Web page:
What Does the Affordable Care Act Have To Do With Disposable Wages?

We’ve all been calculating disposable wages for so many years now that we can just about do it in our sleep.  Disposable wages for child support are always gross less taxes, and sometimes the calculation might have to look at health insurance when the noncustodial parent is covering the child as a dependent, but that’s just part of the old equation.

It’s actually the Consumer Credit Protection Act that sets the definition of disposable wages as gross less all amounts required by law to be withheld.  Law requires that we withhold Federal Income Tax, FICA-OASDI, FICA-HI, State Taxes, Local Taxes, and mandatory pension plans like Public Employee Retirement Plans.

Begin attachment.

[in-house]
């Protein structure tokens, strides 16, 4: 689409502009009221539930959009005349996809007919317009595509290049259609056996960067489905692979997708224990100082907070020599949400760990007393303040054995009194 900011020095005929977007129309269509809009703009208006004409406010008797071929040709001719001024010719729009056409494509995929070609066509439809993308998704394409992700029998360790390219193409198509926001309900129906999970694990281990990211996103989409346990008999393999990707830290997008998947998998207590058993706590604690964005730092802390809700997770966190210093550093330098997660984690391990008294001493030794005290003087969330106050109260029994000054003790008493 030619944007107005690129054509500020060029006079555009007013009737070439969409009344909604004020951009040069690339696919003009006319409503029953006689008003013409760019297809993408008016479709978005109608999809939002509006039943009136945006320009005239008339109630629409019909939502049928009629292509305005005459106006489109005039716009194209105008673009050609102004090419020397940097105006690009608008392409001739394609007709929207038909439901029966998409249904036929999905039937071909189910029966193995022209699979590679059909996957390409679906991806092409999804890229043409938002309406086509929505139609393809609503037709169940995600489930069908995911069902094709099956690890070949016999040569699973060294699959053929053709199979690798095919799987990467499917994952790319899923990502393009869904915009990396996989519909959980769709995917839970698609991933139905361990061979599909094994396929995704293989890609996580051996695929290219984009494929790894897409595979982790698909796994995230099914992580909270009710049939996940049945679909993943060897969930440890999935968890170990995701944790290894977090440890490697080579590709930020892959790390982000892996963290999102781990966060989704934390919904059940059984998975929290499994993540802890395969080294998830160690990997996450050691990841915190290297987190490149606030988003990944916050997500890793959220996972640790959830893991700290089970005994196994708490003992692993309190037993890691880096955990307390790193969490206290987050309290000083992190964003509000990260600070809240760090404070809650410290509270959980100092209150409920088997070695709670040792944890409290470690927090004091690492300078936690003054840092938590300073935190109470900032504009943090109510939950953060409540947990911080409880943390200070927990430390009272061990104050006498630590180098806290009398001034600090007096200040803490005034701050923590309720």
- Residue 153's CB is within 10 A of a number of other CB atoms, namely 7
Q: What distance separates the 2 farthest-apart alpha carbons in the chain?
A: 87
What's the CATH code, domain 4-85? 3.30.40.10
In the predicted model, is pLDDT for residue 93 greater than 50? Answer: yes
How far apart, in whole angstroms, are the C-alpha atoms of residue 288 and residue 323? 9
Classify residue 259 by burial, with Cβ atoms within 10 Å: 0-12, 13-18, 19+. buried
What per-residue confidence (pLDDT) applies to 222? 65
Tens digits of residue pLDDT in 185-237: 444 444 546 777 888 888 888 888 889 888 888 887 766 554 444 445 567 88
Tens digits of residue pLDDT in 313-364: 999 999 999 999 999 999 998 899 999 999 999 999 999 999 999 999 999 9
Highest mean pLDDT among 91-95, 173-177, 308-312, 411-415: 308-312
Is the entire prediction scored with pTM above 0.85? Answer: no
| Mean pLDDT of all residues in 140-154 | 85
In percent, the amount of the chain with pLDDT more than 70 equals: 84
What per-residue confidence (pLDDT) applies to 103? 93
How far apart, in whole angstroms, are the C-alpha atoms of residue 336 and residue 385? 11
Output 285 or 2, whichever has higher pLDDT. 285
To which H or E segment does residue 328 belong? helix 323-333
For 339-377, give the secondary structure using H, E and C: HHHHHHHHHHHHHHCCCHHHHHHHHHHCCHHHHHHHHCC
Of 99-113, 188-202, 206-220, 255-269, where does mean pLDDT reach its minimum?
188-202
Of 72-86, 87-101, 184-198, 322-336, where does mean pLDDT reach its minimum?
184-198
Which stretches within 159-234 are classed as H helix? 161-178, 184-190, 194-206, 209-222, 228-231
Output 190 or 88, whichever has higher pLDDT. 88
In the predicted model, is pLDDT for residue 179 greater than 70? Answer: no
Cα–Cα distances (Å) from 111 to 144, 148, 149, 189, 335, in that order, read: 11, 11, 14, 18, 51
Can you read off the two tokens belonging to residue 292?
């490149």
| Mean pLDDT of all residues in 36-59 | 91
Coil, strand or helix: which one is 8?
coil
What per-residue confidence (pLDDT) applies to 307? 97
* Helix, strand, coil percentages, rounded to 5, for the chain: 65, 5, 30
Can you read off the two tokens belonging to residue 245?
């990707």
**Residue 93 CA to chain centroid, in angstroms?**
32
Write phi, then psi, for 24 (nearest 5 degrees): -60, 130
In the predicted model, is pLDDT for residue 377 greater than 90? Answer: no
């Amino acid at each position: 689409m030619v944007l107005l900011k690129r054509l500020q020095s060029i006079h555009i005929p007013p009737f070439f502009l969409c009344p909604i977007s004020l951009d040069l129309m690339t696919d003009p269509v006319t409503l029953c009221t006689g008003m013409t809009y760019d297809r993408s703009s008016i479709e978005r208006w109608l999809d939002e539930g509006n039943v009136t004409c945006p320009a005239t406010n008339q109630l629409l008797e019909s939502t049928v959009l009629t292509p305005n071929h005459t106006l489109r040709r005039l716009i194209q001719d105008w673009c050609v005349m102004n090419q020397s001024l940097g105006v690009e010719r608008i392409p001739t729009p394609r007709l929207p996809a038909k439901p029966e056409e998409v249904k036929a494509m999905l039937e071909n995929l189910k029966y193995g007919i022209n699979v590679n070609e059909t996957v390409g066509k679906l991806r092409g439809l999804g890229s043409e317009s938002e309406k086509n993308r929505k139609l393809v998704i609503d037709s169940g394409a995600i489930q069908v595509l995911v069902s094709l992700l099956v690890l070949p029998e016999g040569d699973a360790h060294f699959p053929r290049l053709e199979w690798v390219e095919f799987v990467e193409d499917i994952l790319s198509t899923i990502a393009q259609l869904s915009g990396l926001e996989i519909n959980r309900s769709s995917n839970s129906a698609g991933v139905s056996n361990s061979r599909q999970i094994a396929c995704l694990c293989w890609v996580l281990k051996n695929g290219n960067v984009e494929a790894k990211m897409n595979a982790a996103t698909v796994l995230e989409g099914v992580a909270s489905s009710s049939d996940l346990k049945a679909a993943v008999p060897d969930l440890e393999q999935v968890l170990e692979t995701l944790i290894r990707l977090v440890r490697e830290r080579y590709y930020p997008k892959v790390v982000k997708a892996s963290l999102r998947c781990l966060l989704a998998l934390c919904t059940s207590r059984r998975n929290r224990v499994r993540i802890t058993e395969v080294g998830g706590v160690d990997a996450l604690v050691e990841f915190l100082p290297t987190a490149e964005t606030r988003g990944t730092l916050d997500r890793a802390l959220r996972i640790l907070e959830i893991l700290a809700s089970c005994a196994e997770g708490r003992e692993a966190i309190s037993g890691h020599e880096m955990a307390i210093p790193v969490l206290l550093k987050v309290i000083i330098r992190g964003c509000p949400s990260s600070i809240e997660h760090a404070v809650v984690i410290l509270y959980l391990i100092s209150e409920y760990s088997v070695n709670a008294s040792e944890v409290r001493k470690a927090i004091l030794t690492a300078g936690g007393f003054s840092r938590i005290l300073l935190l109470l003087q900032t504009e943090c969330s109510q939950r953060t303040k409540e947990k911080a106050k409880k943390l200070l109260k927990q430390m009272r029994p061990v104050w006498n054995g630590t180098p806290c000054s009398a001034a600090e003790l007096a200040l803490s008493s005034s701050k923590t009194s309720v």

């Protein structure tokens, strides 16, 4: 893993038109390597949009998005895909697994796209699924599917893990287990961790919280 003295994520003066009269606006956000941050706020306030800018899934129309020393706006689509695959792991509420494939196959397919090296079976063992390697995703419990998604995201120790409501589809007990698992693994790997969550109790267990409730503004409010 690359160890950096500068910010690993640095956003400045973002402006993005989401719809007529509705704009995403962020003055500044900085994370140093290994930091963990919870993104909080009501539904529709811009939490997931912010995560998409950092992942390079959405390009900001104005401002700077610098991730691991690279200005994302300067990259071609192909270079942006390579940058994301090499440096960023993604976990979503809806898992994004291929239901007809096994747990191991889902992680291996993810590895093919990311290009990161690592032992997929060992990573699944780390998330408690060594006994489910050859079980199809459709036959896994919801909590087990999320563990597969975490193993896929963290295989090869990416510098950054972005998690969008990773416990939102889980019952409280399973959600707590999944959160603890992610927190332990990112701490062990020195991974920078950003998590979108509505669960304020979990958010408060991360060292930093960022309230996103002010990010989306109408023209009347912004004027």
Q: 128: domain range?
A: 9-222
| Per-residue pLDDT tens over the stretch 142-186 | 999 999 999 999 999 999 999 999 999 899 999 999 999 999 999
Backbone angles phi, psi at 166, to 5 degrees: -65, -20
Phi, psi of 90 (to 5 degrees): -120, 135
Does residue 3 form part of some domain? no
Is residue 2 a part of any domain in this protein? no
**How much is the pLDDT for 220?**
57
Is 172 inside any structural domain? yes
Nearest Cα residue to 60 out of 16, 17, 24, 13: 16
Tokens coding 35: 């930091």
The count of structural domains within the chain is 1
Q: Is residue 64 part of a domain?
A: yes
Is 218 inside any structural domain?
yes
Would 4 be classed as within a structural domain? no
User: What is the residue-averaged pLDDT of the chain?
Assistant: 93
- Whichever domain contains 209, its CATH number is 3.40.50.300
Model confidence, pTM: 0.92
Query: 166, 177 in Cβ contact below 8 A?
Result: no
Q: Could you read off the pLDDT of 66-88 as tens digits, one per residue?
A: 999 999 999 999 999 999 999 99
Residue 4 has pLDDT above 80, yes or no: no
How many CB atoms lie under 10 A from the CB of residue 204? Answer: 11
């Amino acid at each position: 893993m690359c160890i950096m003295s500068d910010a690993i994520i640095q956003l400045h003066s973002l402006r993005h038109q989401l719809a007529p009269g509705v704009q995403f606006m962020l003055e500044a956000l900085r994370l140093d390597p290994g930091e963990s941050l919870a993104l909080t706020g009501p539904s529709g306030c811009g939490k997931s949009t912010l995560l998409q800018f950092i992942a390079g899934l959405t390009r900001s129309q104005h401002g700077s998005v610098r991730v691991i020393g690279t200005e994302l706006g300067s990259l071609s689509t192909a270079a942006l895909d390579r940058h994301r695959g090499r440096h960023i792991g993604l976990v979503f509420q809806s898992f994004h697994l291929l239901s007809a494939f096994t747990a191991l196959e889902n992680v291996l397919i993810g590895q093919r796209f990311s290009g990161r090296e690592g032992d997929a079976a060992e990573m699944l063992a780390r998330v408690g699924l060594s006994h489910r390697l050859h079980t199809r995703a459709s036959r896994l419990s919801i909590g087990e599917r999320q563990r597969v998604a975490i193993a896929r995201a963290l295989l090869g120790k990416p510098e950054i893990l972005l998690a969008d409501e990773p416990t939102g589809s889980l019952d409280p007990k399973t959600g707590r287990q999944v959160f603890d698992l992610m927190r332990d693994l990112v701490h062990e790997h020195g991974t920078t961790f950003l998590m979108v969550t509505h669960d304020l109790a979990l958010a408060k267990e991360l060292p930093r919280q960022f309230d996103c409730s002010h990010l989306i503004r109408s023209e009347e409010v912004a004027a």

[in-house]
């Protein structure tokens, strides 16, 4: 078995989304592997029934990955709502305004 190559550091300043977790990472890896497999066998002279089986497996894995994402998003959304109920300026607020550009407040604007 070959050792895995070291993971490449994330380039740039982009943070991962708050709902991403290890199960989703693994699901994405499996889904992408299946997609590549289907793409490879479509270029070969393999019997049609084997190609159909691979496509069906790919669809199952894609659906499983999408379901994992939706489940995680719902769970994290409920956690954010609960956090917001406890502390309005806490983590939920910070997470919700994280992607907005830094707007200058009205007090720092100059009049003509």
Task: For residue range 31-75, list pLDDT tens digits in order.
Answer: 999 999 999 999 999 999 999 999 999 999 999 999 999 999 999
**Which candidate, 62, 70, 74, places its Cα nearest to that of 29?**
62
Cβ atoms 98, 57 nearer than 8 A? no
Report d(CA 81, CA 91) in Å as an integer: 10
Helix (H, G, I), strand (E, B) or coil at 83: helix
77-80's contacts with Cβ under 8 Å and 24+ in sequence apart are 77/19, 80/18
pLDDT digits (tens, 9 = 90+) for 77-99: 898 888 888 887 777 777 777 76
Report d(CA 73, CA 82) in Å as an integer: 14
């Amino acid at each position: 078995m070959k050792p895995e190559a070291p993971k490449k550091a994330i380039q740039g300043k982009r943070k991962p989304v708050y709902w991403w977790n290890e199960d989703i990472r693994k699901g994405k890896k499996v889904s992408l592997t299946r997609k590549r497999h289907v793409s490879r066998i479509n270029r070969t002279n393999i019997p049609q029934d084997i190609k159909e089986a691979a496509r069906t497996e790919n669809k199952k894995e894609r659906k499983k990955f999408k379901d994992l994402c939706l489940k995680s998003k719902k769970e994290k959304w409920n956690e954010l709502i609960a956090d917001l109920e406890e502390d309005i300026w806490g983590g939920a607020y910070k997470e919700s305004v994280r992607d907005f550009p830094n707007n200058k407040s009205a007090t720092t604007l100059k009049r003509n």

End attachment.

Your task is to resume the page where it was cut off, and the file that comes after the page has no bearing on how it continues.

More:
Now, the Affordable Care Act is making it mandatory that every American have health insurance coverage.  Does this mean that, like FIT and SIT and FICA, your employees’ health insurance deduction now qualifies as an amount required by law to be withheld?  Will it reduce disposable wages now that the ACA is in effect?

The answer is no.  Because employees have several options for securing health insurance and are not required to get their health insurance through payroll deductions, it will not be considered a mandatory deduction for those who do.  Therefore, ACA will not have an impact on your calculation of disposable wages.  Unless, of course, your state chooses to do so!

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